Colleen Carpenter is a Fort Wayne-based trainer and consultant on suicide prevention. She facilitates the Stop Suicide Northeast Indiana coalition.
This is my 15th year marking National Suicide Prevention Week. This year, it seems even more imperative to be talking about what we can do to prevent suicide.
June overwhelmed many of us as we grappled with how two seemingly successful and happy people (Kate Spade and Anthony Bourdain) could end their lives. Ironically, the same day Bourdain died, the Centers for Disease Control and Prevention released a report noting a 30 percent increase in suicide since 1999 – a trend I often cite during training but which remained relatively unknown.
The following week, as we prepared to host the annual state suicide prevention conference here in Fort Wayne, our health commissioner, Dr. Deborah McMahan, held an emergency meeting with mental health providers, advocates and other concerned stakeholders about the reality in Allen County. Between 2014 and 2017, we had a 50 percent increase in the suicide rate. She said this should be unacceptable, likened this to our version of the Ebola crisis and wanted to know what we were going to do about it. Most of us in the room were stunned.
Stop Suicide Northeast Indiana, a coalition of key stakeholders, has been working tirelessly with no funding to raise awareness and take action in a variety of ways. We've launched a website; we've designed toolkits to help those showing warning signs, thinking about suicide or facing the loss of a loved one from suicide; we've established a speakers' bureau; we've brought in experts to help those on the front lines build expertise; and we hold an annual candlelight ceremony to honor those lost to suicide.
Our most recent project has been to establish a common language in our community around suicide by asking every agency, school and provider to adopt a heavily researched tool – the Columbia Suicide Severity Rating Scale Screener – that helps us measure suicide risk and triage into appropriate care those who need it. Even parents can use this tool with their children.
But there is so much more to do – much of which anyone can do. I extend Dr. McMahan's challenge to each of you. Pick at least one thing from the following list and commit to doing it this week – or better yet, make some of these a habit.
• Learn the warning signs for suicide (see sidebar) and post these and the Lifeline number in a workplace newsletter, church bulletin, etc.
• Notice who might be struggling in your life and actively listen to how they are feeling about their struggles, what they've been doing to cope and what you might do to help. If they express painful feelings such as wanting to give up, resist the temptation to explain away their feelings, compare their plight to others, list ways they could fix their problems or bring up all the wonderful things they have going on in their life. All of these signal to the other person that you aren't listening and will shut them down.
• Support the #BeThere campaign by allowing Thunderclap (//www.thunderclap.it/projects/70402-bethere-to-prevent-suicide) to send out messaging through your social media accounts this week about preventing suicide.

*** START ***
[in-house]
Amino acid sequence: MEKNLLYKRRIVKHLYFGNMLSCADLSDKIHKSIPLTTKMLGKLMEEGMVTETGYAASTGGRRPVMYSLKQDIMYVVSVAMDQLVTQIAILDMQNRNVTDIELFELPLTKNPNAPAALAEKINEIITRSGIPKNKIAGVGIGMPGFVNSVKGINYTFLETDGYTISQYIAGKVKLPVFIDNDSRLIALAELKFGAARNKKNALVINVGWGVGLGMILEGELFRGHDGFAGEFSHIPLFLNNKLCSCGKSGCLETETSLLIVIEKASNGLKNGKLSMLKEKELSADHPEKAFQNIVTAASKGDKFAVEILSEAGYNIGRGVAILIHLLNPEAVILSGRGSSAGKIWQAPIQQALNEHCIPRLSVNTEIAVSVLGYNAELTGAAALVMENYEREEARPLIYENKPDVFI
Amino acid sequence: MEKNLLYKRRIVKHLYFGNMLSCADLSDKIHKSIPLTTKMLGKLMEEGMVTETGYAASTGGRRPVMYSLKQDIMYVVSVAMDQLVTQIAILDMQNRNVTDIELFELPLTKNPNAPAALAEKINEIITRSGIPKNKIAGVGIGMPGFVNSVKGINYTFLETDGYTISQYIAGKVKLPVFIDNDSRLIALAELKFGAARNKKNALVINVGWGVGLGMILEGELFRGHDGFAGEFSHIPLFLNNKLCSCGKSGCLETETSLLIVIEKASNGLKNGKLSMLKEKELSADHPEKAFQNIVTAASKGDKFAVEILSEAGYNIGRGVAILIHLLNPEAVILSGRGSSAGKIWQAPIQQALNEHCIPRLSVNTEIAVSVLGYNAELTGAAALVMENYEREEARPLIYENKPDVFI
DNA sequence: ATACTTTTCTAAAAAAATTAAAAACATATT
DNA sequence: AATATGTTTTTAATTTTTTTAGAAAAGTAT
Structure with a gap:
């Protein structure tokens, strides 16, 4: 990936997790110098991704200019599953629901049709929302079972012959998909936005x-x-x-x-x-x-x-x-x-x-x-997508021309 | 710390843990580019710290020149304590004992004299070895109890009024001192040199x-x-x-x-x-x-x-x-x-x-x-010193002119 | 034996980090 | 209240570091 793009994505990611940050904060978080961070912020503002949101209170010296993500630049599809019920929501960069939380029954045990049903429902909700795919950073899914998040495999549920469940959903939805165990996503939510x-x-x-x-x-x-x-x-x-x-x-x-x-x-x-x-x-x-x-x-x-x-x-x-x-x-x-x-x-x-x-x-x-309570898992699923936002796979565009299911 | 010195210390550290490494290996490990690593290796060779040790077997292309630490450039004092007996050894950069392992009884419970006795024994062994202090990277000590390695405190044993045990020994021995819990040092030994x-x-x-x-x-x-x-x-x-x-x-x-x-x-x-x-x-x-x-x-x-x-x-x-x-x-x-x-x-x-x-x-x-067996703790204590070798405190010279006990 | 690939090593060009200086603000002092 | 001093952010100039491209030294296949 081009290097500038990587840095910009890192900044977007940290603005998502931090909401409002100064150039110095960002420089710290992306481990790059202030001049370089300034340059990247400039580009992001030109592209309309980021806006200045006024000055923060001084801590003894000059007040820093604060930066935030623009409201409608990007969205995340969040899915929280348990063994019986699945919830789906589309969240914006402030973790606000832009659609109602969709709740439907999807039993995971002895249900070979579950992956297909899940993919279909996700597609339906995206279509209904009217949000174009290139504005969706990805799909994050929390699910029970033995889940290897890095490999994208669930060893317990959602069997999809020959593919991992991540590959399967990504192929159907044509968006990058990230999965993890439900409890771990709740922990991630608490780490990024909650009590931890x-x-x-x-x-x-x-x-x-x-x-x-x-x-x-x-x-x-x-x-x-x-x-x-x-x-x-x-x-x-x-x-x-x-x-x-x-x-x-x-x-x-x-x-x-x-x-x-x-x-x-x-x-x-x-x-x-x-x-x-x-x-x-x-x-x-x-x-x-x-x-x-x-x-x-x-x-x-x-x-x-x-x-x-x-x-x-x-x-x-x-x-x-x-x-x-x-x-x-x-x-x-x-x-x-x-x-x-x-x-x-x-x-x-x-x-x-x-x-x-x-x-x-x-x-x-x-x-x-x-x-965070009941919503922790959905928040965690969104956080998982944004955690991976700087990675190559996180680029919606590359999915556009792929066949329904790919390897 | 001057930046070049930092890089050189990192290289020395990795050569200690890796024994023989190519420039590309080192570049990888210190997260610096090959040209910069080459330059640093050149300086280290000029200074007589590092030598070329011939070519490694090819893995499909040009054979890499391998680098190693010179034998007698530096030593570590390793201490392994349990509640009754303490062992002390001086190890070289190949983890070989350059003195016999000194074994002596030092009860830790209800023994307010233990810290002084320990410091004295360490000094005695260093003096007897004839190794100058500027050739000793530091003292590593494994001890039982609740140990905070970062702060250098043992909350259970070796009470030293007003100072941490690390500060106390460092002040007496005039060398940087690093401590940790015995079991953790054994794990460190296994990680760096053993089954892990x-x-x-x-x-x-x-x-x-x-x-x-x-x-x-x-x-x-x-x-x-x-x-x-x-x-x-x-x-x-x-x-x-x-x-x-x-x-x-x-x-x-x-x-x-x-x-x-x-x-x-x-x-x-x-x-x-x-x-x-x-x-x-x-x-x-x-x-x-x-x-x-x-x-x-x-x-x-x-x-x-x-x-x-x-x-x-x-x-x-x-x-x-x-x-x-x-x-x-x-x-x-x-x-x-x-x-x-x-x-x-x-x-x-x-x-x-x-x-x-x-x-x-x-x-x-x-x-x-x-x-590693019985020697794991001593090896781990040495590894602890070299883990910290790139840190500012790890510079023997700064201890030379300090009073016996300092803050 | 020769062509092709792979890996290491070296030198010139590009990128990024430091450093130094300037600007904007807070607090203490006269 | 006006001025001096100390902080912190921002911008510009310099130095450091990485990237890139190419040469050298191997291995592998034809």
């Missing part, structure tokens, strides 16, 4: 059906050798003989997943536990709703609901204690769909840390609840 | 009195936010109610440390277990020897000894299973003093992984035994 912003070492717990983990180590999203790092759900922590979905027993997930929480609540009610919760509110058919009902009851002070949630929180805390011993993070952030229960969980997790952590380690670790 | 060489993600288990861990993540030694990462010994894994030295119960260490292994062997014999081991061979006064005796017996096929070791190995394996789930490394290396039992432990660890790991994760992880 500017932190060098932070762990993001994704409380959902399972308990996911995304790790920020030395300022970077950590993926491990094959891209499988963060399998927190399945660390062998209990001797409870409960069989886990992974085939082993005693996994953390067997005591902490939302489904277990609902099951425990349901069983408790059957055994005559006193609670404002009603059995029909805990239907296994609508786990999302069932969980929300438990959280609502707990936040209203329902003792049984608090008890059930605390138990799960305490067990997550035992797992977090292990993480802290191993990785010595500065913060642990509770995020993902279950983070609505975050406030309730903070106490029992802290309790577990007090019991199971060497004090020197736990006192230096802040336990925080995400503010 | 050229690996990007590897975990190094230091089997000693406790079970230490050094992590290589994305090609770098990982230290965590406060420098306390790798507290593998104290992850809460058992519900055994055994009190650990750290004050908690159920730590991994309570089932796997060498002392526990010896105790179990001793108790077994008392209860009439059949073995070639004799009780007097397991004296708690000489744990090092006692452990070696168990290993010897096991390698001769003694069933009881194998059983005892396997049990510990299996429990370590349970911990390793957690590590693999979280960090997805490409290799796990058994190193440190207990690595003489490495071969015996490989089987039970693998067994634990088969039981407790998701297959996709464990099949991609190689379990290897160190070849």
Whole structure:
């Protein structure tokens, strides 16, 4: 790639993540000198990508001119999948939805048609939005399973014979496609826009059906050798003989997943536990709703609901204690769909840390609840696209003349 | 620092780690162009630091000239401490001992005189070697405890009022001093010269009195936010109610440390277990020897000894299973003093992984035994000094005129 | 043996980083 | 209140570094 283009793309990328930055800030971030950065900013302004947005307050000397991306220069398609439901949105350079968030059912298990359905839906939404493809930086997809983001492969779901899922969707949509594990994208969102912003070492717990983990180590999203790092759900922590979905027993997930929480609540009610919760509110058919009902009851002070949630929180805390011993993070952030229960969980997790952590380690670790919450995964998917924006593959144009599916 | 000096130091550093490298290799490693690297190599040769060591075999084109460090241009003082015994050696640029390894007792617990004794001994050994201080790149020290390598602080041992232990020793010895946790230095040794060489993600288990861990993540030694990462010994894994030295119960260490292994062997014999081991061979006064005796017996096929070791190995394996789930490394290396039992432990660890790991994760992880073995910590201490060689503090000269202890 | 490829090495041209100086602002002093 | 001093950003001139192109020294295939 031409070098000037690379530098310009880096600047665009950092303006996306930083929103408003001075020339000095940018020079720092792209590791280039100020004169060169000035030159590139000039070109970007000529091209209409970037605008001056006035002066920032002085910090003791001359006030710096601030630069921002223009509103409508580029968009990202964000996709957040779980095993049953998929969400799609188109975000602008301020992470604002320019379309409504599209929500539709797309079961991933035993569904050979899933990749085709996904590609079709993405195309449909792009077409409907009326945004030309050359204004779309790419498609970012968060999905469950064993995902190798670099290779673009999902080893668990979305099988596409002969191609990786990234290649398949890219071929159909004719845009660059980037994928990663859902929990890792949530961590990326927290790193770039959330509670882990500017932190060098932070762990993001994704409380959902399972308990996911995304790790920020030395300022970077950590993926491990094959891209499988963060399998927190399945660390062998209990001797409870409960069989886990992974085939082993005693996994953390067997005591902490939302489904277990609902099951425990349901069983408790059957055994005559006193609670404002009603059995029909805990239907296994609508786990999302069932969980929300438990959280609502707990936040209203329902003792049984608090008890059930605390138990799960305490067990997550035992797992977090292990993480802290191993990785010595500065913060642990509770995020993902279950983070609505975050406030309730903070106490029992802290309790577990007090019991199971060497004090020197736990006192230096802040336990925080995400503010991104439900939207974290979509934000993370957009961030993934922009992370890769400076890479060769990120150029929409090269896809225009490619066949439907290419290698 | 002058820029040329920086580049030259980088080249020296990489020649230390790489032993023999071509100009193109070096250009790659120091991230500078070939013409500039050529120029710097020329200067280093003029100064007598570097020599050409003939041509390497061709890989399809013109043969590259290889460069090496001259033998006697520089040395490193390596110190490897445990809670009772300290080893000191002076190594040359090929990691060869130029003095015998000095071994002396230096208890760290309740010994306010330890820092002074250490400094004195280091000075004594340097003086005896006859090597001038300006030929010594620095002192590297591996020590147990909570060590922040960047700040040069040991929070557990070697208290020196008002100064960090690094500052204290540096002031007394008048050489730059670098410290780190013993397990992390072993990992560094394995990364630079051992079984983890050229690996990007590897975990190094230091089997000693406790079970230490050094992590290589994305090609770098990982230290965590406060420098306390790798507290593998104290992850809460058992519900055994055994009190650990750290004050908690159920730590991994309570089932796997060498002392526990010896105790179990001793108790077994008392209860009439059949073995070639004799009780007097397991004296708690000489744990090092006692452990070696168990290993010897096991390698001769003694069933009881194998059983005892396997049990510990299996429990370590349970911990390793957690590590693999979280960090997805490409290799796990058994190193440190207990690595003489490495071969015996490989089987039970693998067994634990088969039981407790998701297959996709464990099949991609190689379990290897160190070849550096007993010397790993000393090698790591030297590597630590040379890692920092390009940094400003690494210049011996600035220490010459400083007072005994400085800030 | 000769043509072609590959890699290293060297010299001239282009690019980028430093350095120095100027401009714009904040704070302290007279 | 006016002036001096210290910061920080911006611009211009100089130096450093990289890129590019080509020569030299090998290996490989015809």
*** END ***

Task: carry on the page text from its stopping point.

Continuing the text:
• If you are struggling in your life, especially with suicidal thoughts, don't struggle alone. Reach out to those in your life who are supportive listeners. Talking is therapeutic.
• Put the following in your cellphone: the National Suicide Prevention Lifeline phone number, 800-273-8255 (TALK), and text “CSIS” to 839863. These tools can save your life or someone else's.
• Bring someone you know who has had a loss from suicide to the annual Candlelight Ceremony for Survivors of Suicide Loss to honor those lost to suicide at 6:30 p.m. Wednesday at the Venderly Bridge on Purdue Fort Wayne's campus (bit.ly/2w8heRX); attend Purdue Fort Wayne's Suicide Prevention Week activities (//1039sunnyfm.com/purdue-fort-wayne-to-hold-events-for-suicide-prevention-week/); or attend the Out of Darkness walk onSept. 30 at Headwaters Park.
• Watch a short video on how to use the Columbia Suicide Severity Rating Scale screener (www.cssrs.columbia.edu).
• Learn about the Sources of Strength program (www.sourcesofstrength.org) implemented in 18 area middle and high schools throughout the region through the Lutheran Foundation. Review the wheel of strengths and figure out which strengths you could improve in your life.
• Attend Fort Wayne Community Schools'/Parkview's free Question, Persuade, Refer suicide prevention training from 6-8 p.m. Sept. 26 at the FACE Center (260-467-7260 to register).
• Encourage open dialogue about mental illness and suicide. The more we can break down the stigma, the more likely those who are suffering will reach out for help.
• Spread love and connection out into the world. Hug your loved ones and tell them no matter what they are going through, you are always available for them.
• Get involved. Attend Stop Suicide Northeast Indiana's next meeting, 11:30 a.m.-1 p.m. Oct. 8 at Chad's House, behind the Carriage House at 3327 Lake Ave.